Inés has shared a fascinating insight into the use of an additional freezer kept at her home, with the purpose of aiding scientific investigation into the health of wildlife.
"I have recently been updating the inventory of my corpse freezer. This sounds a bit gory but I would like to explain that it is all for a good reason. Last year, a chest freezer became available locally on Freecycle.org and I decided to grab the opportunity and set up a freezer that would act as a local hub for the temporary storage of dead animal samples that can contribute to wildlife conservation and research.
The current contents of my corpse freezer include a dead slow worm that I found on the road (but not flattened) a couple of weekends ago. I reported it on the website Garden Wildlife Health and on the Monday after, I received a call from ZSL vets, very interested in doing a post-mortem on my slow worm. I am just waiting for their pre-paid envelope to send it back to them.
One of our members (thanks, Juney!) found a sparrowhawk in their garden, sadly deceased after having crashed against their window. This one is also in my freezer waiting for another dead bird of prey to be found, to fill the pre-paid box that I have from the (Predatory Bird Monitoring Scheme) before sending it. A few months ago I sent them two owls and when they finish their analysis they will let us know the results. Birds of prey often have symptoms of secondary poisoning or their body tissues contain concerning levels of toxic products, all due to the ingestion of prey items which have been poisoned (e.g., rat poison, slug pellets...).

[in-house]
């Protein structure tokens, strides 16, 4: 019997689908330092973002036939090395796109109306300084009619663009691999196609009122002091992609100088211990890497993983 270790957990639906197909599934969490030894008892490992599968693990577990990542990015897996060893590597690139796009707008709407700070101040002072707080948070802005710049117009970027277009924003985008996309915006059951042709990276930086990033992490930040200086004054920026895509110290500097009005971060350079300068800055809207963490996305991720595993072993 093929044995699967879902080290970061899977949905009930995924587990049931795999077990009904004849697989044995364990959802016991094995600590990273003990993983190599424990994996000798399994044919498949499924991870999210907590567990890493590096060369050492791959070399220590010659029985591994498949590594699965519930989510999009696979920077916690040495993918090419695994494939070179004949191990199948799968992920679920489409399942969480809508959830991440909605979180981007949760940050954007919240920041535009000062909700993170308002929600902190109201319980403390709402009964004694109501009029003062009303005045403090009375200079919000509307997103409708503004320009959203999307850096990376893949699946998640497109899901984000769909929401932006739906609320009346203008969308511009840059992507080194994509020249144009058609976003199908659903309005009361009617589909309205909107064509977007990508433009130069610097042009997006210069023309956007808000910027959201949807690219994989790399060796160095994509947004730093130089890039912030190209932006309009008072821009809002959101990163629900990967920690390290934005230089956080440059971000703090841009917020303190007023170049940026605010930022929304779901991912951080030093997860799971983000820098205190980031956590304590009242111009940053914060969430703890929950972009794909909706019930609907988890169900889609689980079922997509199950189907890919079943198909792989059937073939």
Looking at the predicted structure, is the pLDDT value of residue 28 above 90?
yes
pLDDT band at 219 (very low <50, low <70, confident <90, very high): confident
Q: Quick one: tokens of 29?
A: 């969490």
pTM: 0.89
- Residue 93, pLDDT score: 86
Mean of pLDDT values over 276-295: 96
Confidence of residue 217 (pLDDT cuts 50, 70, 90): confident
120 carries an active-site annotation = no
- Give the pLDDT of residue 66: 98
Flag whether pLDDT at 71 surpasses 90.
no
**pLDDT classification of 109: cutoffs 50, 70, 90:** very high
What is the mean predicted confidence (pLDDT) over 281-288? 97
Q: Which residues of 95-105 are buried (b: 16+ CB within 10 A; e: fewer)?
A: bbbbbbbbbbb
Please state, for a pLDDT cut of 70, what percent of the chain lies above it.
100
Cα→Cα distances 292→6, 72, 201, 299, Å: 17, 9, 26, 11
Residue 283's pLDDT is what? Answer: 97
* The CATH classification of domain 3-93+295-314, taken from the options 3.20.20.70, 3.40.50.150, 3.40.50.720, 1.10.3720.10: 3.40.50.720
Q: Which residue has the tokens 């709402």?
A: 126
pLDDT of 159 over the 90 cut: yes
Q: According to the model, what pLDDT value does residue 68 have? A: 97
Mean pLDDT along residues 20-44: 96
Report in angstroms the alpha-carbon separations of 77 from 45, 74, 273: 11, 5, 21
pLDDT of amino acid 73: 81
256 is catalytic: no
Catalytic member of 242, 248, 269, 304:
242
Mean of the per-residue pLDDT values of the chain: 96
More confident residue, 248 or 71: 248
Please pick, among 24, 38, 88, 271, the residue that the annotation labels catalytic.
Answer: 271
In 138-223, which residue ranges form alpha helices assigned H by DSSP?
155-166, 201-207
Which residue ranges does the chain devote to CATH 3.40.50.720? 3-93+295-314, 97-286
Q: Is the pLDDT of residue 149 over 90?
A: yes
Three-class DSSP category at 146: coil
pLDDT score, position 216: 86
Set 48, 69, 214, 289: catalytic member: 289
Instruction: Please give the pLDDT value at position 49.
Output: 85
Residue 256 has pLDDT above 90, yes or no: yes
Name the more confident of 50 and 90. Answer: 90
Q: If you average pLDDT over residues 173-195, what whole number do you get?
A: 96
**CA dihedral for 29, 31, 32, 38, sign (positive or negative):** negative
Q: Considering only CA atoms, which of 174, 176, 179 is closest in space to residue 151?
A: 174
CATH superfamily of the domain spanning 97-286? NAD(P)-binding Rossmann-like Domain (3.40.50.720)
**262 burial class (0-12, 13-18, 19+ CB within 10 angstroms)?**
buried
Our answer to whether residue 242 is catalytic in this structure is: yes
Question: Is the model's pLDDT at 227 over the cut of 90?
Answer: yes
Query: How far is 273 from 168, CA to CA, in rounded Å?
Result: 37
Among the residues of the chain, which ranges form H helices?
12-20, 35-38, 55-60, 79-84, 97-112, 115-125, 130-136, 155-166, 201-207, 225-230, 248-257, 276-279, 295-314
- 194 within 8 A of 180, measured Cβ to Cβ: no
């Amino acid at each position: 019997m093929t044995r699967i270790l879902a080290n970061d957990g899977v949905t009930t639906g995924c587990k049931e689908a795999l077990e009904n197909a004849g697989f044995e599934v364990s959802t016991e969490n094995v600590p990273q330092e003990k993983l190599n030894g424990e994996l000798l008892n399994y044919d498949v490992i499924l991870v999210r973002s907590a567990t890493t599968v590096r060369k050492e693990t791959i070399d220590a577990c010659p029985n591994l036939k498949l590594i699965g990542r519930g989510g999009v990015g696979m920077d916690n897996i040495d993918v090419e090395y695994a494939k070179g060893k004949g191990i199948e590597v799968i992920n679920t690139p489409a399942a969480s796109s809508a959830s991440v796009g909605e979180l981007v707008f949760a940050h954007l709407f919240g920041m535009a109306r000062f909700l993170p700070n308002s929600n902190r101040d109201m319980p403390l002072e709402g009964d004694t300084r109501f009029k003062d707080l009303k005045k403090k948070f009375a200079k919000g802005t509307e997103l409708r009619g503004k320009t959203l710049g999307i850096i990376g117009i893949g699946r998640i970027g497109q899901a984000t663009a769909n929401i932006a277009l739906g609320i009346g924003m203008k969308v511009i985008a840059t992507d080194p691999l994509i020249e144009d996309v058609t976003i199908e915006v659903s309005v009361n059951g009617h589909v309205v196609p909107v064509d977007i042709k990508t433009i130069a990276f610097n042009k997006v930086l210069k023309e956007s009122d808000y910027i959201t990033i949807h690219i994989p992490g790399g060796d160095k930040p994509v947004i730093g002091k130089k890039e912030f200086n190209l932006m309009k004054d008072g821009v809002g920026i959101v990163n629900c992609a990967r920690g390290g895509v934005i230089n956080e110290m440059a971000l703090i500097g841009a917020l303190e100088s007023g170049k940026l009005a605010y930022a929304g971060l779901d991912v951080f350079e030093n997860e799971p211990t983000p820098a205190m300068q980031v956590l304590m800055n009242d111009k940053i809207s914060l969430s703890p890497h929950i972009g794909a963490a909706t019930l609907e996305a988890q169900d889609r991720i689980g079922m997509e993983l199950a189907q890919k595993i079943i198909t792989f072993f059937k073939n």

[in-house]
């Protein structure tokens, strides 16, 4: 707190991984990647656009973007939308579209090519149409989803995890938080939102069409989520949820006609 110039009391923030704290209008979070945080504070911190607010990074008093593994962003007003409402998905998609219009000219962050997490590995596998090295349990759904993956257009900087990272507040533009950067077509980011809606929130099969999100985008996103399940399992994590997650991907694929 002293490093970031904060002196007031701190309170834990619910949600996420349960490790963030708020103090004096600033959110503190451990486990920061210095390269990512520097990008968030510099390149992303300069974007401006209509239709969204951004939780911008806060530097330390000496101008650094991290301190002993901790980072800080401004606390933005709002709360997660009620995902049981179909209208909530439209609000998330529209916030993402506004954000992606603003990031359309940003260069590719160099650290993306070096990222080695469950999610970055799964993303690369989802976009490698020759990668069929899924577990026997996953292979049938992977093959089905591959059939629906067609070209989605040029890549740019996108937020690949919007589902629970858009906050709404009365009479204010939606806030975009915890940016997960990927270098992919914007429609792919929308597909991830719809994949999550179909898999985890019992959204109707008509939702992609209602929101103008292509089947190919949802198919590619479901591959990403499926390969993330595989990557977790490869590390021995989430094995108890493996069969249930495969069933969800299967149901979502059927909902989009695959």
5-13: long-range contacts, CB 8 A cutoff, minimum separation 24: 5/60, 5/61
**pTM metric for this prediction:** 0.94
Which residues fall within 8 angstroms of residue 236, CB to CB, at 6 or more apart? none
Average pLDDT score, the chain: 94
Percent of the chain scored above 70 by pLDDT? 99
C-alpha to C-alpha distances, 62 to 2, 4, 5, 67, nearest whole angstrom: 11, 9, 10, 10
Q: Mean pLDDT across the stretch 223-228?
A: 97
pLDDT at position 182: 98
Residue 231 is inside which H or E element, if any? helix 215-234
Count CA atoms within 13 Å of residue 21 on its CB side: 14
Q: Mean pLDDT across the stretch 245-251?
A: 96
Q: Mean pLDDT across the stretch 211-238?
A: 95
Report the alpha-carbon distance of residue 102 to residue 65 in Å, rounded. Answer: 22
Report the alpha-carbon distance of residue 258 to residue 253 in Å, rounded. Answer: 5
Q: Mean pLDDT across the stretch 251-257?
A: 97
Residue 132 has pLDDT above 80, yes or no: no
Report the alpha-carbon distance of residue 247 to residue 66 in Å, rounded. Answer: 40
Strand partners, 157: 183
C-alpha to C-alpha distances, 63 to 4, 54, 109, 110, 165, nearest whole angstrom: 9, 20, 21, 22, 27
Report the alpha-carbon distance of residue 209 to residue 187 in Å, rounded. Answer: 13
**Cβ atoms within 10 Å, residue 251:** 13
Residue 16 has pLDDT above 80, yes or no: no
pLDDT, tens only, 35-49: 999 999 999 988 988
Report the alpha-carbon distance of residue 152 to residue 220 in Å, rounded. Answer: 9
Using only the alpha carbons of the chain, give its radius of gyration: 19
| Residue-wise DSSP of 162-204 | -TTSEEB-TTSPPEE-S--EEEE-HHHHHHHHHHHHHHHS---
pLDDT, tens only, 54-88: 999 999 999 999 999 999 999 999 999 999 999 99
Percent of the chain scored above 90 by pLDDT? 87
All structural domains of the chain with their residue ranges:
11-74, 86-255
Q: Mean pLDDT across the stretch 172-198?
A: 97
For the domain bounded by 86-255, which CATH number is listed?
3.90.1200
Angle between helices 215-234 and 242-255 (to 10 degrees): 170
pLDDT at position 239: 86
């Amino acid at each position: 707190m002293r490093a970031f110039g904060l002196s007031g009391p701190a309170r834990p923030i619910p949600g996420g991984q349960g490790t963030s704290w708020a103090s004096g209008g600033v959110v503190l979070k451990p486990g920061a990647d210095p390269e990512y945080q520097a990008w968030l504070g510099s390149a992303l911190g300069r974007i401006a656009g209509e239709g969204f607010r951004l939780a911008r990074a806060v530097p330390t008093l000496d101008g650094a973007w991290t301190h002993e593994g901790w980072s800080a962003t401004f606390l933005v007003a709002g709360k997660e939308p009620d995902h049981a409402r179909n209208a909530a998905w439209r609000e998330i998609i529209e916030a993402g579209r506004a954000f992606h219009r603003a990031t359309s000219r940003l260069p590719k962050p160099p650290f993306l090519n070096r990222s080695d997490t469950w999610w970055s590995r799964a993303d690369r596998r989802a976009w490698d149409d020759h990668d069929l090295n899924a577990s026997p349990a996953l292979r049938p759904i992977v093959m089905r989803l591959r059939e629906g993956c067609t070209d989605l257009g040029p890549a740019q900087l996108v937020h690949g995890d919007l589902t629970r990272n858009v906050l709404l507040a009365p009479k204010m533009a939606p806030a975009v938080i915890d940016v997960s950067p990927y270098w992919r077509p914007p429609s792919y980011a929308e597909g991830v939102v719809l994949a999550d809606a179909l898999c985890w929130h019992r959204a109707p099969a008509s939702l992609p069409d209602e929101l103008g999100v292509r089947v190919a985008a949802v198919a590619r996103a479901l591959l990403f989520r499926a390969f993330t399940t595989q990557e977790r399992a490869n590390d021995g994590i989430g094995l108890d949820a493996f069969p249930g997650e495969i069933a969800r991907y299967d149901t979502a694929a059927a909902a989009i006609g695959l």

I also have a couple of otters that died in road collisions with cars, which I will deliver to the Cardiff Otter Project this summer. They will ascertain if the otters have any underlying health condition, their sex, their age, their breeding condition, and possibly do some DNA analysis too. The good news from this project is that populations of otters are slowly recovering nationwide from previous minimum numbers. However, their populations are not genetically diverse and are therefore vulnerable. In addition, background river pollution is also detectable in otter body tissues.
Past contents of my corpse freezer include faecal/swab samples from mustelids that were sent to Nottingham University for research on COVID-19 transmission between humans and wild mammals (none tested positive) and bats that were sent to Defra for rabies testing (also negative).
Other animals that are not required for any post-mortem research project, I may skeletonise for archaeological reference collections.
It is sad to find dead animals, particularly when they have died because of us (humans). While some dead animals may be suitable to be left in the wild to serve as food for scavengers, sometimes it is better to remove the animal from the environment to prevent the spread of disease or contribute to the conservation of the species.
The results from many of these analyses projects provide information on a wide range of elements that are useful for conservation research and have the potential to inform on policy (such as regulating the contents of pest-control products).
If you are potentially interested in helping with this research, please have a look at our website section and scroll down to "Dead wildlife" (https://www.tisburynaturalhistory.com/recording.html) to find out what animals are interesting for sampling. Don't hesitate to get in touch if you encounter any animal samples that may be useful, the "corpse freezer" has some space!"
Photo: Avocets (Izzy Fry)
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